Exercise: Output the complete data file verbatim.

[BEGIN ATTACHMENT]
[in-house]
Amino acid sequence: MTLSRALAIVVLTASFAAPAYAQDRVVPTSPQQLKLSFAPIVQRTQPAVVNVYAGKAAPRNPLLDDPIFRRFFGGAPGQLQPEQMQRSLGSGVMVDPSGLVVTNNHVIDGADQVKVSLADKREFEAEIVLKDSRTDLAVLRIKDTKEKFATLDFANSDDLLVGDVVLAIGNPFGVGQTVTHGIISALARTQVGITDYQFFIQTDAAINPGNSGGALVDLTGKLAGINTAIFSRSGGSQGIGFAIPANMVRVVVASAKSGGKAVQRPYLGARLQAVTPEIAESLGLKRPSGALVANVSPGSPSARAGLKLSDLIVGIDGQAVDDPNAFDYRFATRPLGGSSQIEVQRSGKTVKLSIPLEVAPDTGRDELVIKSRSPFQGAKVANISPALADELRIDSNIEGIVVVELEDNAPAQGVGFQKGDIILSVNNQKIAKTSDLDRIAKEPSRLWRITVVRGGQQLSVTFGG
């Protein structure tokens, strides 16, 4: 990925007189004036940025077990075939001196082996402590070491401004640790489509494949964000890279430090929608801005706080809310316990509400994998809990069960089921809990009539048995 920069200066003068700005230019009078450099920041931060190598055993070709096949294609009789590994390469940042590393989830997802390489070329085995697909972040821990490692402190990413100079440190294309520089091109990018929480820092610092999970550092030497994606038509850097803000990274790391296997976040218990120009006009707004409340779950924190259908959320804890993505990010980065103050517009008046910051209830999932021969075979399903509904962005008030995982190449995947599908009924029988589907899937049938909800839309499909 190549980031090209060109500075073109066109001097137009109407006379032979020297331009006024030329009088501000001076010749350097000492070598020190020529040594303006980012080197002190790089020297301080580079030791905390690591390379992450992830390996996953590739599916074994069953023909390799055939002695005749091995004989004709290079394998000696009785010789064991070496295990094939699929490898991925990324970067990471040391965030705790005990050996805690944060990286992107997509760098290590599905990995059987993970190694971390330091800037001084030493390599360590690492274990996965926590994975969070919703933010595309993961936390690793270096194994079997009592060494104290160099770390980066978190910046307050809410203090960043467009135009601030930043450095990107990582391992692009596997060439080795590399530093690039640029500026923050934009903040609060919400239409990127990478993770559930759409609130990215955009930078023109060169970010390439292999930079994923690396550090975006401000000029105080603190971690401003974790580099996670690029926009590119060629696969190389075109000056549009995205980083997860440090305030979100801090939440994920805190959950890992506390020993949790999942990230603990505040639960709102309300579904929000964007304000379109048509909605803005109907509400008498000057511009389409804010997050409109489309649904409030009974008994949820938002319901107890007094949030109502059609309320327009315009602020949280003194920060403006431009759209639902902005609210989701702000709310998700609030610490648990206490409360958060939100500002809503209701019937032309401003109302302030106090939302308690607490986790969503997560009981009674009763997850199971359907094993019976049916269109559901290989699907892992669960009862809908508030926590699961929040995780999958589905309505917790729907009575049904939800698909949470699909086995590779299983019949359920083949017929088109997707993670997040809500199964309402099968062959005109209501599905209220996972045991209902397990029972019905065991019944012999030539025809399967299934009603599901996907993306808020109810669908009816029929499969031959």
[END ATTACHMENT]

[in-house]
Amino acid sequence: MTLSRALAIVVLTASFAAPAYAQDRVVPTSPQQLKLSFAPIVQRTQPAVVNVYAGKAAPRNPLLDDPIFRRFFGGAPGQLQPEQMQRSLGSGVMVDPSGLVVTNNHVIDGADQVKVSLADKREFEAEIVLKDSRTDLAVLRIKDTKEKFATLDFANSDDLLVGDVVLAIGNPFGVGQTVTHGIISALARTQVGITDYQFFIQTDAAINPGNSGGALVDLTGKLAGINTAIFSRSGGSQGIGFAIPANMVRVVVASAKSGGKAVQRPYLGARLQAVTPEIAESLGLKRPSGALVANVSPGSPSARAGLKLSDLIVGIDGQAVDDPNAFDYRFATRPLGGSSQIEVQRSGKTVKLSIPLEVAPDTGRDELVIKSRSPFQGAKVANISPALADELRIDSNIEGIVVVELEDNAPAQGVGFQKGDIILSVNNQKIAKTSDLDRIAKEPSRLWRITVVRGGQQLSVTFGG
């Protein structure tokens, strides 16, 4: 990925007189004036940025077990075939001196082996402590070491401004640790489509494949964000890279430090929608801005706080809310316990509400994998809990069960089921809990009539048995 920069200066003068700005230019009078450099920041931060190598055993070709096949294609009789590994390469940042590393989830997802390489070329085995697909972040821990490692402190990413100079440190294309520089091109990018929480820092610092999970550092030497994606038509850097803000990274790391296997976040218990120009006009707004409340779950924190259908959320804890993505990010980065103050517009008046910051209830999932021969075979399903509904962005008030995982190449995947599908009924029988589907899937049938909800839309499909 190549980031090209060109500075073109066109001097137009109407006379032979020297331009006024030329009088501000001076010749350097000492070598020190020529040594303006980012080197002190790089020297301080580079030791905390690591390379992450992830390996996953590739599916074994069953023909390799055939002695005749091995004989004709290079394998000696009785010789064991070496295990094939699929490898991925990324970067990471040391965030705790005990050996805690944060990286992107997509760098290590599905990995059987993970190694971390330091800037001084030493390599360590690492274990996965926590994975969070919703933010595309993961936390690793270096194994079997009592060494104290160099770390980066978190910046307050809410203090960043467009135009601030930043450095990107990582391992692009596997060439080795590399530093690039640029500026923050934009903040609060919400239409990127990478993770559930759409609130990215955009930078023109060169970010390439292999930079994923690396550090975006401000000029105080603190971690401003974790580099996670690029926009590119060629696969190389075109000056549009995205980083997860440090305030979100801090939440994920805190959950890992506390020993949790999942990230603990505040639960709102309300579904929000964007304000379109048509909605803005109907509400008498000057511009389409804010997050409109489309649904409030009974008994949820938002319901107890007094949030109502059609309320327009315009602020949280003194920060403006431009759209639902902005609210989701702000709310998700609030610490648990206490409360958060939100500002809503209701019937032309401003109302302030106090939302308690607490986790969503997560009981009674009763997850199971359907094993019976049916269109559901290989699907892992669960009862809908508030926590699961929040995780999958589905309505917790729907009575049904939800698909949470699909086995590779299983019949359920083949017929088109997707993670997040809500199964309402099968062959005109209501599905209220996972045991209902397990029972019905065991019944012999030539025809399967299934009603599901996907993306808020109810669908009816029929499969031959």